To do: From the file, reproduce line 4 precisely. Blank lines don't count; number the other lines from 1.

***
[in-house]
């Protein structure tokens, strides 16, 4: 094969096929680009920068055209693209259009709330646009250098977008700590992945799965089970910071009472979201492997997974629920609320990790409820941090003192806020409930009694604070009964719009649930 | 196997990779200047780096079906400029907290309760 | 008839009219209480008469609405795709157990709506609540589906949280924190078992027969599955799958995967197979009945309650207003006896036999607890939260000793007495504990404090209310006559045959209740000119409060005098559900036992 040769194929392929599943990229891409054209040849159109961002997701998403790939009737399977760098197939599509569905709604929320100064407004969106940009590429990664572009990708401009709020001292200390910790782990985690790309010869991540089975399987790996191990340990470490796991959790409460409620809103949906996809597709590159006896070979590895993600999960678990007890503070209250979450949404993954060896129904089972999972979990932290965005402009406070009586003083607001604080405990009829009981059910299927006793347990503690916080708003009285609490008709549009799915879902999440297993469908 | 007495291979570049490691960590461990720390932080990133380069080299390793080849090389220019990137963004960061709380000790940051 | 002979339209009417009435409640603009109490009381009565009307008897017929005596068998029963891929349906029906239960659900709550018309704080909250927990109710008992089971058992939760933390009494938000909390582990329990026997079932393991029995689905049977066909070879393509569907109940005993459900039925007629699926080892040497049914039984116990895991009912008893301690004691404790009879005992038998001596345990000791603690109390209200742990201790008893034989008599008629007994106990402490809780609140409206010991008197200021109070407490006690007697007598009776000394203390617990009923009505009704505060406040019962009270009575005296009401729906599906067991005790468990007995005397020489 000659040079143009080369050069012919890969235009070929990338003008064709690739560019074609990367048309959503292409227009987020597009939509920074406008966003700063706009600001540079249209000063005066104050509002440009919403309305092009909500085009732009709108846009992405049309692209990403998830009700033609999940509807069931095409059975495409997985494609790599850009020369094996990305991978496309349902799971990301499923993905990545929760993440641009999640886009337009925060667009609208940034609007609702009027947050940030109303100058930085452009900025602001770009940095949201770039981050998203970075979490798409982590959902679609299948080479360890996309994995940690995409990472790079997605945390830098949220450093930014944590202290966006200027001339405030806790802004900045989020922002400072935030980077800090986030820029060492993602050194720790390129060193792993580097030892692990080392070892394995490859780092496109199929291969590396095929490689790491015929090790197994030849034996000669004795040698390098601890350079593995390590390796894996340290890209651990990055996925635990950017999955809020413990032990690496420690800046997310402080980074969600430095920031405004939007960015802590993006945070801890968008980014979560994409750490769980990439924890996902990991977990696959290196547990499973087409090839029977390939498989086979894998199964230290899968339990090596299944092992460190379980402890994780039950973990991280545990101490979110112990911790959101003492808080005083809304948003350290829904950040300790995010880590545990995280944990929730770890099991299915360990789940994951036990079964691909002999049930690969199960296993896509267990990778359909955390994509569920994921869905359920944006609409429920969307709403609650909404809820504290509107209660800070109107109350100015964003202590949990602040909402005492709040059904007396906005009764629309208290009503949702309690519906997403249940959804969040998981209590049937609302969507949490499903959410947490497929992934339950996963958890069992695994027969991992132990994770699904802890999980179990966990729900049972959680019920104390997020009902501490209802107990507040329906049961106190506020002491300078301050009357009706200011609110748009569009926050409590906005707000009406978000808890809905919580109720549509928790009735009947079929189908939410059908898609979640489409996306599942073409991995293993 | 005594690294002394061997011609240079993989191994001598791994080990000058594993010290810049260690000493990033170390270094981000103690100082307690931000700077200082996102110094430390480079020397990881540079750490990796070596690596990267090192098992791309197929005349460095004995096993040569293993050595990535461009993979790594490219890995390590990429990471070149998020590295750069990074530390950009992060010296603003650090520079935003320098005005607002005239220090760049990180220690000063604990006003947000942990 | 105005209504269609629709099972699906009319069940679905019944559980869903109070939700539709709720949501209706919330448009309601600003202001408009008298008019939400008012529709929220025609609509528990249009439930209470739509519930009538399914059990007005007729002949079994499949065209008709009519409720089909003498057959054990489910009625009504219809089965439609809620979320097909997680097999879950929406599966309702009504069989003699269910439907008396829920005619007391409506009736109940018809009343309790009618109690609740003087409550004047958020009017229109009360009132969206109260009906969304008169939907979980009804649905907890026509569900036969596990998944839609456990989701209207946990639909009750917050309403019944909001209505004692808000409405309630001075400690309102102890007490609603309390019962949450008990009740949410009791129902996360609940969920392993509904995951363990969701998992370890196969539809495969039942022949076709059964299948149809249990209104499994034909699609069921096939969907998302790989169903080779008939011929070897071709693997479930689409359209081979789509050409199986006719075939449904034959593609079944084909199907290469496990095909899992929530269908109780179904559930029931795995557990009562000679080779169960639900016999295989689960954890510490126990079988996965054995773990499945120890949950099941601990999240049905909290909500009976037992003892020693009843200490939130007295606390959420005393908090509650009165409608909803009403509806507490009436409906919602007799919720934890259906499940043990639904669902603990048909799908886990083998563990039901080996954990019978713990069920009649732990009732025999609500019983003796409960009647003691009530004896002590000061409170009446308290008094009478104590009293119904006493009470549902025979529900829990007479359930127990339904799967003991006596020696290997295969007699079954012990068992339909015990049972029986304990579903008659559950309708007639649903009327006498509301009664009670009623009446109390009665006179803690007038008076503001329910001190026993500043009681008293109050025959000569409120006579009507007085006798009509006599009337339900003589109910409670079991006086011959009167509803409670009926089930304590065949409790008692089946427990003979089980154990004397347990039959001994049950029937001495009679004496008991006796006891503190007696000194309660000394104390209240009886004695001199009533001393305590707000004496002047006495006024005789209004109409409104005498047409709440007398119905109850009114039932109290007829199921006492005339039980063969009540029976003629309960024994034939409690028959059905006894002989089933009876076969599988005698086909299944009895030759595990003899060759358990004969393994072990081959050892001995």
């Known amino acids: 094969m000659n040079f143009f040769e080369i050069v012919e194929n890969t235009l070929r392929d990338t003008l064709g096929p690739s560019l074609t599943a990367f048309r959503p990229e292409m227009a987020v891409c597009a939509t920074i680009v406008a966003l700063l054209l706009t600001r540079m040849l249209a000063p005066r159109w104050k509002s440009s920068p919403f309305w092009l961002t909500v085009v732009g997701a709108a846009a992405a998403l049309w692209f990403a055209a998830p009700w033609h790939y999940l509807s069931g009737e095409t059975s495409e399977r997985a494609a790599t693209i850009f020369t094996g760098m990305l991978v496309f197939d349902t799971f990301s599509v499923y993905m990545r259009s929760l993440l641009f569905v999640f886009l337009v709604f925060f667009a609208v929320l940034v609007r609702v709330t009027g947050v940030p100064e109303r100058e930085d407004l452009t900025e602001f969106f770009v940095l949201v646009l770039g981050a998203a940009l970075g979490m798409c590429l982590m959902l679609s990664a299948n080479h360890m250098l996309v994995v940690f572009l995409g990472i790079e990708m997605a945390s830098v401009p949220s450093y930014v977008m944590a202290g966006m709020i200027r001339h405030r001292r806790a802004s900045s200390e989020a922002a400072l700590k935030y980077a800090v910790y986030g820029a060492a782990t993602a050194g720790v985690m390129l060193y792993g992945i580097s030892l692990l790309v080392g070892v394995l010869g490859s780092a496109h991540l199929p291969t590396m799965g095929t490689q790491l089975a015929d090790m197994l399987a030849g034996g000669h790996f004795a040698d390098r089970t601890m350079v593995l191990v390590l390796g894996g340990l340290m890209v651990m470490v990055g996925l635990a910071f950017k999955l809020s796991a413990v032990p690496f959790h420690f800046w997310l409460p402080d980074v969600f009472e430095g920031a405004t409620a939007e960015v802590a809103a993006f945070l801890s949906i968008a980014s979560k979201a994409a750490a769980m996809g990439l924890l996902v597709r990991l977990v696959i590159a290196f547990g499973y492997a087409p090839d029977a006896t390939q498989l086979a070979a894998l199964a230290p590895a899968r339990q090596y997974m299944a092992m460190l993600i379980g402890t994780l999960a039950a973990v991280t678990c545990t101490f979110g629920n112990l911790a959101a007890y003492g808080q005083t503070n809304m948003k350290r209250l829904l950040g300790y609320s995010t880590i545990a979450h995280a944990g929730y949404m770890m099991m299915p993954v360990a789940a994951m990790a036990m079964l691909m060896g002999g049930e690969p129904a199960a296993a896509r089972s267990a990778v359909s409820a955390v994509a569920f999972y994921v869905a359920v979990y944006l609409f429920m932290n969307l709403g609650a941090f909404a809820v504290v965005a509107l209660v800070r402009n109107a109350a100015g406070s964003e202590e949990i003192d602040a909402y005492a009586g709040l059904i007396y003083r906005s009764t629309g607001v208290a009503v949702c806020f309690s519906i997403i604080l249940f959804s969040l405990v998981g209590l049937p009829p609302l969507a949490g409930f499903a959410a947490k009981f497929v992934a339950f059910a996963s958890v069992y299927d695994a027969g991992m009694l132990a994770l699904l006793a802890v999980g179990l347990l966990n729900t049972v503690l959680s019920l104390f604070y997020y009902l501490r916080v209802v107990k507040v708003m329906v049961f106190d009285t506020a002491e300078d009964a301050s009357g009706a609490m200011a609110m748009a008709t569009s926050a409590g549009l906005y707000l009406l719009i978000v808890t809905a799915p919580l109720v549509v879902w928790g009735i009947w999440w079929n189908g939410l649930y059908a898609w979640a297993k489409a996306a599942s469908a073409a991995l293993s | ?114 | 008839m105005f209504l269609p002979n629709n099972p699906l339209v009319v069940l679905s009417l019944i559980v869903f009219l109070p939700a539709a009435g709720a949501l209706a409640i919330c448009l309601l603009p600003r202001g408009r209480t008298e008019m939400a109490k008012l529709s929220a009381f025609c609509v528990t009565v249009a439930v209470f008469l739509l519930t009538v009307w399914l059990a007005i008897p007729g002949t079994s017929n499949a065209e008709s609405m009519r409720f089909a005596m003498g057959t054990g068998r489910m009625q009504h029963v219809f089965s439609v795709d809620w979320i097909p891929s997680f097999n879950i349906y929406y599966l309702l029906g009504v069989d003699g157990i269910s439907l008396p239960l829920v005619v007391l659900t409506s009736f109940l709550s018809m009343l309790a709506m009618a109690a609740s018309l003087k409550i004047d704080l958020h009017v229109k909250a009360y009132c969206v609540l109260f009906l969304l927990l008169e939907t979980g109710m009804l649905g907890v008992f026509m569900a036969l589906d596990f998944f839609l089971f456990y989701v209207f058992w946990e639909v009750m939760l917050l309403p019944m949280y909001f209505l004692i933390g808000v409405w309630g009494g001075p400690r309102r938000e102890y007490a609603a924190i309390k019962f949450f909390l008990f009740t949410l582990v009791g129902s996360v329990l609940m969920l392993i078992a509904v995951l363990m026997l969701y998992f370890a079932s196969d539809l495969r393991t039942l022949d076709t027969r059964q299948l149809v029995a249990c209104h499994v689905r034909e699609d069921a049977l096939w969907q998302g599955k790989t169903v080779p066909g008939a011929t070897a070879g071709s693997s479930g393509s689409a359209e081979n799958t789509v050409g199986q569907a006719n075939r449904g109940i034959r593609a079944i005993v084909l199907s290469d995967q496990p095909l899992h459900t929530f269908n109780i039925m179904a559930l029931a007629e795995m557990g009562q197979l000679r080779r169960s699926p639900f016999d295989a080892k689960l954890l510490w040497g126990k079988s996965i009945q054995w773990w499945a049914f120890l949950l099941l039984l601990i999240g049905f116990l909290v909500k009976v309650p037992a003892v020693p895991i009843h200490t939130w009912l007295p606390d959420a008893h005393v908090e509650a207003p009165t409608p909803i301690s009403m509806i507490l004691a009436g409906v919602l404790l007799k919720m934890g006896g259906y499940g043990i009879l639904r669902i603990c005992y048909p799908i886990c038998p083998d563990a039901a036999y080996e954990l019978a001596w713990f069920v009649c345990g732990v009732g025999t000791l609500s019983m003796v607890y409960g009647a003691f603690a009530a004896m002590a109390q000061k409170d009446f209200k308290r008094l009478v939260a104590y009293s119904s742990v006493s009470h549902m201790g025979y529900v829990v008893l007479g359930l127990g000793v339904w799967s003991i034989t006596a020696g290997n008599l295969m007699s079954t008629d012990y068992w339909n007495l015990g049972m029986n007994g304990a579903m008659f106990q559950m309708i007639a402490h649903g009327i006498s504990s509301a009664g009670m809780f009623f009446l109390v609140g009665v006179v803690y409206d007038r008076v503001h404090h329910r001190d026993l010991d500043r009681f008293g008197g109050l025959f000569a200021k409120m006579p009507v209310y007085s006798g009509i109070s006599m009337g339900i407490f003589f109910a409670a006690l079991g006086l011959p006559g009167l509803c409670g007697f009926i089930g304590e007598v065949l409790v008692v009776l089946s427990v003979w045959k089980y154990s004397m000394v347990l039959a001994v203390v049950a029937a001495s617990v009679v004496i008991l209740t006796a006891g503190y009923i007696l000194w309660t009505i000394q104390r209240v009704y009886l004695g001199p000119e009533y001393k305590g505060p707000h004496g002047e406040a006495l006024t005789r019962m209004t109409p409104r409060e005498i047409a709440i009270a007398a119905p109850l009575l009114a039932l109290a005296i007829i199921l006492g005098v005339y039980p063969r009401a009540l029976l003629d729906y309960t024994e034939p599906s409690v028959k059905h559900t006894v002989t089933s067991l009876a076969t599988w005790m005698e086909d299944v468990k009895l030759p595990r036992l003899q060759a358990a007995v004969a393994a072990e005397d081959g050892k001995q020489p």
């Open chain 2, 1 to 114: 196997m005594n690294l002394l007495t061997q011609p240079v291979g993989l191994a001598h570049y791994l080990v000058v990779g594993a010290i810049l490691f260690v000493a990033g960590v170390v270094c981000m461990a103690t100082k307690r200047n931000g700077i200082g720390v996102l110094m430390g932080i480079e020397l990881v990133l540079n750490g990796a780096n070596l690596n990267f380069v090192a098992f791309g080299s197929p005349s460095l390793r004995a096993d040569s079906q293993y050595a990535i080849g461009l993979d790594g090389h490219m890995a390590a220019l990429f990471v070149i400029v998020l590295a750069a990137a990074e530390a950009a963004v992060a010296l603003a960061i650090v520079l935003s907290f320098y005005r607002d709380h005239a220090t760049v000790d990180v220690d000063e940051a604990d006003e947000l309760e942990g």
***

């Open chain 2, 1 to 114: 196997m005594n690294l002394l007495t061997q011609p240079v291979g993989l191994a001598h570049y791994l080990v000058v990779g594993a010290i810049l490691f260690v000493a990033g960590v170390v270094c981000m461990a103690t100082k307690r200047n931000g700077i200082g720390v996102l110094m430390g932080i480079e020397l990881v990133l540079n750490g990796a780096n070596l690596n990267f380069v090192a098992f791309g080299s197929p005349s460095l390793r004995a096993d040569s079906q293993y050595a990535i080849g461009l993979d790594g090389h490219m890995a390590a220019l990429f990471v070149i400029v998020l590295a750069a990137a990074e530390a950009a963004v992060a010296l603003a960061i650090v520079l935003s907290f320098y005005r607002d709380h005239a220090t760049v000790d990180v220690d000063e940051a604990d006003e947000l309760e942990g």